Globe and Mail: Bank of Canada won’t raise rates to cool housing

January 11, 2010

Bank of Canada won’t raise rates to cool housing

By Steve Ladurantaye
Globe and Mail Update

Deputy governor says such a move would also negatively affect the broader economy as it emerges from recession

The Bank of Canada won’t raise interest rates to cool the country’s hot housing market, a spokesman said Monday, preferring to leave any tinkering to the country’s Finance Minister.

“Some observers – those who see a housing bubble forming – have said that since low interest rates have stimulated housing market activity, the Bank should now raise interest rates to dampen that activity,” deputy governor Timothy Lane wrote in a speech delivered by an adviser on his behalf in Edmonton. “But that poses a problem.”

Existing-home sales are up 73 per cent year-over-year, while prices have climbed nearly 20 per cent as buyers take advantage of historically low interest rates to finance purchases.

Those who fear a bubble worry that many people are taking advantage of cheap money to buy homes they wouldn’t be able to afford once rates rise, leading ultimately to a crash in prices.

Mr. Lane said the bank understands the concern, but it uses its lending rate to keep inflation in check for the whole economy and the housing market is “only one of several factors” that influence inflation.

Other sectors could be adversely affected if the rate jumped before the broader economy was ready, he said.

“If the Bank were to raise interest rates to cool the housing market now – when inflation is expected to remain below target for the next year and a half – we would, in essence, be dousing the entire Canadian economy with cold water just as it emerges from recession.”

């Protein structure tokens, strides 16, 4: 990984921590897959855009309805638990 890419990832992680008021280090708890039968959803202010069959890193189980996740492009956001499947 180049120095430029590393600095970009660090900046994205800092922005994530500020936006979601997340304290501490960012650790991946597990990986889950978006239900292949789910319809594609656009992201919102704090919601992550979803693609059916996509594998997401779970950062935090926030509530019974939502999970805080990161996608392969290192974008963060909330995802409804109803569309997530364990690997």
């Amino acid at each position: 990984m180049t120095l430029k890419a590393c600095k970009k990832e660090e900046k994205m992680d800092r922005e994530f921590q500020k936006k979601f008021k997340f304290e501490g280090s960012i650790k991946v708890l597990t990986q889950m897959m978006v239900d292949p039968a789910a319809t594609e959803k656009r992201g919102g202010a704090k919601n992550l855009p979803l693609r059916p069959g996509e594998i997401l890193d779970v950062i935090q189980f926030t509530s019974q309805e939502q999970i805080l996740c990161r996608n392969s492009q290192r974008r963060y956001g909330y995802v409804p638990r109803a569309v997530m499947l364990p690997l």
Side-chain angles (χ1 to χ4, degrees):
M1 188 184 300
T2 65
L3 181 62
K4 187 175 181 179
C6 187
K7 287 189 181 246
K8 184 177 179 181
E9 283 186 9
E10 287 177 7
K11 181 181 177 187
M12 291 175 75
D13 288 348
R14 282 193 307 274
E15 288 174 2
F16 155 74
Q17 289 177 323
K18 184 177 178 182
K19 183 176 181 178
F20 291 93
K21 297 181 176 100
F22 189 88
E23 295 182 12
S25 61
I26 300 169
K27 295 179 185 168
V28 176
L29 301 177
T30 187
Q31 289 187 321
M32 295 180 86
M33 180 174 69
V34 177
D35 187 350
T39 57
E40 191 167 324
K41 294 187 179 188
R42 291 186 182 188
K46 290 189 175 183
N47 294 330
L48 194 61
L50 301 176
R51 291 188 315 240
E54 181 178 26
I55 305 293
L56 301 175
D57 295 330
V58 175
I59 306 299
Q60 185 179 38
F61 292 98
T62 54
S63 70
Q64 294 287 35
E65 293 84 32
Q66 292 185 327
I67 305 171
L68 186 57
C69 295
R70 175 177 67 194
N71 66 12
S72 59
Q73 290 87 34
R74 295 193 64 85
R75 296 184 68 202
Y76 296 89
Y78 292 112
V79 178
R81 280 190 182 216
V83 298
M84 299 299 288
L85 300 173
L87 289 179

Instead, he said, the government could increase capital requirements for lending institutions, adjust loan-to-value ratios and change the terms and conditions required to obtain mandatory mortgage insurance.

“These instruments can be targeted to risks to the entire financial system that stem from particular markets or institutions,” he said. “Ultimately, it is the Minister of Finance who is responsible for the sound stewardship of the financial system.”

In an end-of-year interview with CTV, Finance Minister Jim Flaherty said the government would consider raising the minimum down payment from 5 per cent “to a higher figure” and reducing the amortization period of 35 years to “something less.”

But the Minister stressed that the government has not yet made that decision.

“If there is, in the future, evidence of a residential real estate bubble, the tools we have are the tools we’ve used before, relating to insured mortgages, lending standards, amortization periods and down payments, which is what we acted on in the summer of 2008,” Mr. Flaherty said in a late-December interview with The Globe and Mail.

In the summer, the government said it would no longer insure zero-down-payment mortgages or mortgages with an amortization period of more than 35 years.

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